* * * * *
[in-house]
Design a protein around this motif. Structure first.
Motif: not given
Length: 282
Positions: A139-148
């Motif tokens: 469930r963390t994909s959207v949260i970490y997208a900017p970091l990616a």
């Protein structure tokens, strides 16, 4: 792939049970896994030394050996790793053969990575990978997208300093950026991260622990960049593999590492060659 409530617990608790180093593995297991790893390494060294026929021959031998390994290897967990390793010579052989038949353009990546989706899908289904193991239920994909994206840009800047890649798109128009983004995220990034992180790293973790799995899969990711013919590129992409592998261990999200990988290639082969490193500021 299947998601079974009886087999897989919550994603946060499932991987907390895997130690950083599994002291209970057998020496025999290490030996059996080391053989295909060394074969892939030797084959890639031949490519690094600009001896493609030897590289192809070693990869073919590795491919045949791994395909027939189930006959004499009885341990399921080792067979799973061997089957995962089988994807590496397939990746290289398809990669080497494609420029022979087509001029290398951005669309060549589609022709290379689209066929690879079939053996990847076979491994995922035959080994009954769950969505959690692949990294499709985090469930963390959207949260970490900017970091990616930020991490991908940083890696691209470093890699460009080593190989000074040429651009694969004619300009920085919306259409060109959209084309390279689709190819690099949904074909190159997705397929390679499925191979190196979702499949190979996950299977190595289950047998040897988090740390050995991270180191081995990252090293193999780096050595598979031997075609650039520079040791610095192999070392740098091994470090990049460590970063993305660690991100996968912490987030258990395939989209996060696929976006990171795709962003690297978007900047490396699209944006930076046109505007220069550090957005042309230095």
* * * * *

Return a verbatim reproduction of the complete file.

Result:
[in-house]
Design a protein around this motif. Structure first.
Motif: not given
Length: 282
Positions: A139-148
């Motif tokens: 469930r963390t994909s959207v949260i970490y997208a900017p970091l990616a």
């Protein structure tokens, strides 16, 4: 792939049970896994030394050996790793053969990575990978997208300093950026991260622990960049593999590492060659 409530617990608790180093593995297991790893390494060294026929021959031998390994290897967990390793010579052989038949353009990546989706899908289904193991239920994909994206840009800047890649798109128009983004995220990034992180790293973790799995899969990711013919590129992409592998261990999200990988290639082969490193500021 299947998601079974009886087999897989919550994603946060499932991987907390895997130690950083599994002291209970057998020496025999290490030996059996080391053989295909060394074969892939030797084959890639031949490519690094600009001896493609030897590289192809070693990869073919590795491919045949791994395909027939189930006959004499009885341990399921080792067979799973061997089957995962089988994807590496397939990746290289398809990669080497494609420029022979087509001029290398951005669309060549589609022709290379689209066929690879079939053996990847076979491994995922035959080994009954769950969505959690692949990294499709985090469930963390959207949260970490900017970091990616930020991490991908940083890696691209470093890699460009080593190989000074040429651009694969004619300009920085919306259409060109959209084309390279689709190819690099949904074909190159997705397929390679499925191979190196979702499949190979996950299977190595289950047998040897988090740390050995991270180191081995990252090293193999780096050595598979031997075609650039520079040791610095192999070392740098091994470090990049460590970063993305660690991100996968912490987030258990395939989209996060696929976006990171795709962003690297978007900047490396699209944006930076046109505007220069550090957005042309230095």